Record Display for the EPA National Library Catalog


Main Title Structural Differences between Human and Rat Lung: Implications for Monte Carlo Modeling of Aerosol Deposition. Biological Factors in Modeling: Respiratory Tract.
Author Hofmann, W. ; Koblinger, L. ; Martonen, T. B. ;
CORP Author Health Effects Research Lab., Research Triangle Park, NC. ;Kozponti Fizikai Kutato Intezet, Budapest (Hungary). ;Duke Univ. Medical Center, Durham, NC.
Publisher c1989
Year Published 1989
Report Number EPA/600/J-89/367;
Stock Number PB90-215922
Additional Subjects Anatomy ; Lung ; Aerosols ; Rats ; Humans ; Monte Carlo method ; Graphs(Charts) ; Statistical analysis ; Reprints ;
Library Call Number Additional Info Location Last
NTIS  PB90-215922 Some EPA libraries have a fiche copy filed under the call number shown. 07/26/2022
Collation 9p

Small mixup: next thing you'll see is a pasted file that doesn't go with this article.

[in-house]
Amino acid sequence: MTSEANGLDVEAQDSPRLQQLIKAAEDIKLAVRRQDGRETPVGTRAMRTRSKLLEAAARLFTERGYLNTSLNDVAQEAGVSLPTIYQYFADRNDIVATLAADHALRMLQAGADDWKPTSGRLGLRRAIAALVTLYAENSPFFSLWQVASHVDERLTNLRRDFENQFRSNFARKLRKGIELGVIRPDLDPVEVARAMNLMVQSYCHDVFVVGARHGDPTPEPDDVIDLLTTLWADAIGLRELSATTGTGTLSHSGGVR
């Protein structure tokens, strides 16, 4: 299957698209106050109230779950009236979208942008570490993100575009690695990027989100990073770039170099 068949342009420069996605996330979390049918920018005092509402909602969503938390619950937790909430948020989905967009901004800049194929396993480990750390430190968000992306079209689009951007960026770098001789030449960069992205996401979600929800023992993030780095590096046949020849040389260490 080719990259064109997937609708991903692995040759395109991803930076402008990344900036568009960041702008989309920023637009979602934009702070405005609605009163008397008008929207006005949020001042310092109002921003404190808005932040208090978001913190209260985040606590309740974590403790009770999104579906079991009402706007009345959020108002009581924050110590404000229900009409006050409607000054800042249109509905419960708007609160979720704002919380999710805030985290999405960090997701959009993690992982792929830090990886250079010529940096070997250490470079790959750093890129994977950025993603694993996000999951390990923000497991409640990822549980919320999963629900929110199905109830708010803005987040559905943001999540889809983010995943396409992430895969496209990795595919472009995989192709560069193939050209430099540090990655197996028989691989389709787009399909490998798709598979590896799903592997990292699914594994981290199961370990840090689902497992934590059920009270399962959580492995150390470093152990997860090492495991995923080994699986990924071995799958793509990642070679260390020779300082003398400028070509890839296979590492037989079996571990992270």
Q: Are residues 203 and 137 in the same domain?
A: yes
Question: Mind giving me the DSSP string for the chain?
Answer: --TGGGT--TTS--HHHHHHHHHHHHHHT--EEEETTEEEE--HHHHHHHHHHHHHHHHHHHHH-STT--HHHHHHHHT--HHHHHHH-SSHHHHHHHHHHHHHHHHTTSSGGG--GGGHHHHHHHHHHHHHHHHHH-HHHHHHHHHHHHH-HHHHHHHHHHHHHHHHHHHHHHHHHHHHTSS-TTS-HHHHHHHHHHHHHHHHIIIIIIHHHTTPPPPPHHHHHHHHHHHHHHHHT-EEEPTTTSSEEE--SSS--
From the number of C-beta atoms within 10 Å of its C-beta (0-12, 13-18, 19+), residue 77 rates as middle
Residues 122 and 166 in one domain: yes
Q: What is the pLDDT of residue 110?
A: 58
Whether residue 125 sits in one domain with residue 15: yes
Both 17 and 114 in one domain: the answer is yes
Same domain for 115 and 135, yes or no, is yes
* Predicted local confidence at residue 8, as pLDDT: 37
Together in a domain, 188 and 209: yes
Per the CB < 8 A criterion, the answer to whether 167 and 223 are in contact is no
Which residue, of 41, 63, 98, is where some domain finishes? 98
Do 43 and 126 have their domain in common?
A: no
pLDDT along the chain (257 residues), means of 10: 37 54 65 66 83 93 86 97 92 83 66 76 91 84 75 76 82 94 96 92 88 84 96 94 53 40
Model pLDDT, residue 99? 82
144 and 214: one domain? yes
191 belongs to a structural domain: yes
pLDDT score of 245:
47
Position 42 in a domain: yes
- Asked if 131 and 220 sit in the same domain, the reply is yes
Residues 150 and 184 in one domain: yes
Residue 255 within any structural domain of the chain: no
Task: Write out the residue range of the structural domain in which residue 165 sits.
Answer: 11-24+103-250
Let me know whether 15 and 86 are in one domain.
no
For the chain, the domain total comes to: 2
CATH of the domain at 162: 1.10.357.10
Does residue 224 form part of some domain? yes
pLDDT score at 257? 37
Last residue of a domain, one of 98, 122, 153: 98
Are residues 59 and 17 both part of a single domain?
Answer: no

The geometrical structure of the lung is one of the main factors governing inhaled particle deposition; structural differences among different species are, therefore, of great importance for extrapolation modeling. A statistical analysis of morphometric data for the human and rat tracheobronchial tree reveals significant interspecies differences in airway branching patterns: compared to the relative dichotomous and symmetric structure of the human lung, the rat lung displays a more monopodial airway branching pattern. Thus, for the rat lung a given airway is characterized, its size, physiologic function, and distance from the trachea by its diameter and not by a theoretically assigned generation number. A Monte Carlo method is used to construct an airway geometry along each inhaled particle's path by selecting airway parameters randomly from their frequency distributions and the correlations among them. While the airway geometry is selected randomly, particle deposition in individual airways is calculated analytically. (Copyright (c) 1989 Health Physics Society, Pergamon Press plc.)